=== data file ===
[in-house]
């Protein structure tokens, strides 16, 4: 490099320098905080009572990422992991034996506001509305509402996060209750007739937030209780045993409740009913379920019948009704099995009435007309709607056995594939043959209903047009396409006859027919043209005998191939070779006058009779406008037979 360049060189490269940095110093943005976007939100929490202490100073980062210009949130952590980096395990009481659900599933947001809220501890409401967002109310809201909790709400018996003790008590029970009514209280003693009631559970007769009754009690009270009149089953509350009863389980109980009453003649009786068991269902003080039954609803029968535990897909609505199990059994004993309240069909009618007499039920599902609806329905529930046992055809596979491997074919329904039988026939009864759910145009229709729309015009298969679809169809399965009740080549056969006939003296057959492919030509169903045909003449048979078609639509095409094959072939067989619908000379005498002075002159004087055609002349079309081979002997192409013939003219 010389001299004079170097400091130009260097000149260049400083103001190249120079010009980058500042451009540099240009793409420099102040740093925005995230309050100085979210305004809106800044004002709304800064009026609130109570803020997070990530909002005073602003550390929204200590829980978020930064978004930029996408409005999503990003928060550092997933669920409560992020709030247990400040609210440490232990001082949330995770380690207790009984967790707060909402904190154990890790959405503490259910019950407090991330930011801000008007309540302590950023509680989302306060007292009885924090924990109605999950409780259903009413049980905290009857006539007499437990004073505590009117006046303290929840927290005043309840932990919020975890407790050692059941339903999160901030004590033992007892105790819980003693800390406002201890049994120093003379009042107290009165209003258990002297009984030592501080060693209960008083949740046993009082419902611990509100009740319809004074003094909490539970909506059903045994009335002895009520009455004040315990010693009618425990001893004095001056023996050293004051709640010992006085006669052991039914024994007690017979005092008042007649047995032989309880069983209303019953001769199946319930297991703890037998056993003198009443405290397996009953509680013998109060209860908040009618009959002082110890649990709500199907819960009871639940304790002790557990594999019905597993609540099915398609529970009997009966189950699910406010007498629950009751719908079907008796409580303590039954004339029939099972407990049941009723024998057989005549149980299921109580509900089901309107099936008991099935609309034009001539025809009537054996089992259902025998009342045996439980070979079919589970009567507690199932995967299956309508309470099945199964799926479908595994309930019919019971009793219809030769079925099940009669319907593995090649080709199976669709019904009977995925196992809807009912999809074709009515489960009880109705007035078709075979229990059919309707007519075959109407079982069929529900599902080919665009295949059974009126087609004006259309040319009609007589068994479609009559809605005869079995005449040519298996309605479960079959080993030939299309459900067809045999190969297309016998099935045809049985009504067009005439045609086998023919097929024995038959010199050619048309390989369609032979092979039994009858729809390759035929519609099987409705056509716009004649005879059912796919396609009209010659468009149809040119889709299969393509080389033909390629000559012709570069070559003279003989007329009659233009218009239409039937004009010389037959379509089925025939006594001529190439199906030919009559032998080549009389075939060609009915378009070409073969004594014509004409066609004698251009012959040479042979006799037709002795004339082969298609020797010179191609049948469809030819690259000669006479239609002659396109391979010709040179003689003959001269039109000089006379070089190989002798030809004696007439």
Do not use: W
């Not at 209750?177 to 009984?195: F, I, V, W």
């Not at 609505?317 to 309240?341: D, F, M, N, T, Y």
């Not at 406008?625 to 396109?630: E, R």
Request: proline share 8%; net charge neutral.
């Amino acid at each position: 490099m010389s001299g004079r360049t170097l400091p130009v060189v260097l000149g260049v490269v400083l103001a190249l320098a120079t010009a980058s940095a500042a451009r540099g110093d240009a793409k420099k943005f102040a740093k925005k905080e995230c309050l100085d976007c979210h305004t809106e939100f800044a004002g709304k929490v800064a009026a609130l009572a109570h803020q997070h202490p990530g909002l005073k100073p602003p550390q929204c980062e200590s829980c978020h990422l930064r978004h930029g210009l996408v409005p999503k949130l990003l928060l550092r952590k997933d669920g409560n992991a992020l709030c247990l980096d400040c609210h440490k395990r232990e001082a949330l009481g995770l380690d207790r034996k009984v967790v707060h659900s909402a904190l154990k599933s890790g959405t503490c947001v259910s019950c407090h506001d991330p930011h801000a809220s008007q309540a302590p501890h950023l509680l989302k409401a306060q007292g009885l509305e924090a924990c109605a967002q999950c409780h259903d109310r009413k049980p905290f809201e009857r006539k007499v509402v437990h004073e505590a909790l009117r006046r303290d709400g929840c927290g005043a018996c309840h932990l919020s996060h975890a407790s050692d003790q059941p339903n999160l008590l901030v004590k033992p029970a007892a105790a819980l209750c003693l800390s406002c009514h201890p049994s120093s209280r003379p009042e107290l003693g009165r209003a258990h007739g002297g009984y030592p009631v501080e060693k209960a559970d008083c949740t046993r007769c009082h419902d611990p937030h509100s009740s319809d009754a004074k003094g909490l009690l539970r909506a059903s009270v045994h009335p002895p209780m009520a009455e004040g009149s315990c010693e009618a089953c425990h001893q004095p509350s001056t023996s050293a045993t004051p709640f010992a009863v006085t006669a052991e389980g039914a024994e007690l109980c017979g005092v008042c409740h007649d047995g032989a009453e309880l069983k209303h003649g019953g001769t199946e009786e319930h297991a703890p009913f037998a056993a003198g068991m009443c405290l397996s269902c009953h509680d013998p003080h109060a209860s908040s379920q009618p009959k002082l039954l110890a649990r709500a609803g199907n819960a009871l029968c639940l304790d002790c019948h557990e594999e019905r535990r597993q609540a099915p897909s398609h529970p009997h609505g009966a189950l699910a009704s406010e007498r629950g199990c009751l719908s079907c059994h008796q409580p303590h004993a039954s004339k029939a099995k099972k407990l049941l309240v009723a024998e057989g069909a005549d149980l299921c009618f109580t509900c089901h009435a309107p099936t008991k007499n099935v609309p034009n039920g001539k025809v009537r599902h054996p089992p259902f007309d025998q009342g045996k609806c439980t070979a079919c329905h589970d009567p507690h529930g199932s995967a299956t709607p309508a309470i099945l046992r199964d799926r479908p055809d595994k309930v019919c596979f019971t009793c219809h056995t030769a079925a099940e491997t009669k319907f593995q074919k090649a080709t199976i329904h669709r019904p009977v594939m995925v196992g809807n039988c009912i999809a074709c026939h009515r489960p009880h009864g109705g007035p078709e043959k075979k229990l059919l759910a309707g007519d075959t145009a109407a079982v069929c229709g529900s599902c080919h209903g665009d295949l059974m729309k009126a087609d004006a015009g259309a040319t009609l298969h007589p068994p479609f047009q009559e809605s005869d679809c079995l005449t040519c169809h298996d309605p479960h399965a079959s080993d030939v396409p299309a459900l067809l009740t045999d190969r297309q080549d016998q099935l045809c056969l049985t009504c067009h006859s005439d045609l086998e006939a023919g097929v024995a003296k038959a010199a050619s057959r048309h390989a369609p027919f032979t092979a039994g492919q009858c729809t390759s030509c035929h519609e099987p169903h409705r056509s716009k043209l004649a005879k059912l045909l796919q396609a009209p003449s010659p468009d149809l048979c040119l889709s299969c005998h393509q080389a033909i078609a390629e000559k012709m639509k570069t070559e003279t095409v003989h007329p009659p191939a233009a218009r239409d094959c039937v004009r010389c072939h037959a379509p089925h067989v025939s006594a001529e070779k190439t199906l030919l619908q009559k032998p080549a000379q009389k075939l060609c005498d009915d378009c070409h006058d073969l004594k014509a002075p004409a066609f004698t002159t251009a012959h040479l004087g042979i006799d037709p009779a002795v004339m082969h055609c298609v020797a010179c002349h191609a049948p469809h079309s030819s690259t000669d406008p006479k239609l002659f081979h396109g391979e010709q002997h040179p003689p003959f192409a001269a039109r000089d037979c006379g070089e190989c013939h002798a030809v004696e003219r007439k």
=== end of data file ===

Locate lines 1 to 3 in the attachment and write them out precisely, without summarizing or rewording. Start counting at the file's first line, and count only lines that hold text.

[in-house]
């Protein structure tokens, strides 16, 4: 490099320098905080009572990422992991034996506001509305509402996060209750007739937030209780045993409740009913379920019948009704099995009435007309709607056995594939043959209903047009396409006859027919043209005998191939070779006058009779406008037979 360049060189490269940095110093943005976007939100929490202490100073980062210009949130952590980096395990009481659900599933947001809220501890409401967002109310809201909790709400018996003790008590029970009514209280003693009631559970007769009754009690009270009149089953509350009863389980109980009453003649009786068991269902003080039954609803029968535990897909609505199990059994004993309240069909009618007499039920599902609806329905529930046992055809596979491997074919329904039988026939009864759910145009229709729309015009298969679809169809399965009740080549056969006939003296057959492919030509169903045909003449048979078609639509095409094959072939067989619908000379005498002075002159004087055609002349079309081979002997192409013939003219 010389001299004079170097400091130009260097000149260049400083103001190249120079010009980058500042451009540099240009793409420099102040740093925005995230309050100085979210305004809106800044004002709304800064009026609130109570803020997070990530909002005073602003550390929204200590829980978020930064978004930029996408409005999503990003928060550092997933669920409560992020709030247990400040609210440490232990001082949330995770380690207790009984967790707060909402904190154990890790959405503490259910019950407090991330930011801000008007309540302590950023509680989302306060007292009885924090924990109605999950409780259903009413049980905290009857006539007499437990004073505590009117006046303290929840927290005043309840932990919020975890407790050692059941339903999160901030004590033992007892105790819980003693800390406002201890049994120093003379009042107290009165209003258990002297009984030592501080060693209960008083949740046993009082419902611990509100009740319809004074003094909490539970909506059903045994009335002895009520009455004040315990010693009618425990001893004095001056023996050293004051709640010992006085006669052991039914024994007690017979005092008042007649047995032989309880069983209303019953001769199946319930297991703890037998056993003198009443405290397996009953509680013998109060209860908040009618009959002082110890649990709500199907819960009871639940304790002790557990594999019905597993609540099915398609529970009997009966189950699910406010007498629950009751719908079907008796409580303590039954004339029939099972407990049941009723024998057989005549149980299921109580509900089901309107099936008991099935609309034009001539025809009537054996089992259902025998009342045996439980070979079919589970009567507690199932995967299956309508309470099945199964799926479908595994309930019919019971009793219809030769079925099940009669319907593995090649080709199976669709019904009977995925196992809807009912999809074709009515489960009880109705007035078709075979229990059919309707007519075959109407079982069929529900599902080919665009295949059974009126087609004006259309040319009609007589068994479609009559809605005869079995005449040519298996309605479960079959080993030939299309459900067809045999190969297309016998099935045809049985009504067009005439045609086998023919097929024995038959010199050619048309390989369609032979092979039994009858729809390759035929519609099987409705056509716009004649005879059912796919396609009209010659468009149809040119889709299969393509080389033909390629000559012709570069070559003279003989007329009659233009218009239409039937004009010389037959379509089925025939006594001529190439199906030919009559032998080549009389075939060609009915378009070409073969004594014509004409066609004698251009012959040479042979006799037709002795004339082969298609020797010179191609049948469809030819690259000669006479239609002659396109391979010709040179003689003959001269039109000089006379070089190989002798030809004696007439």
Do not use: W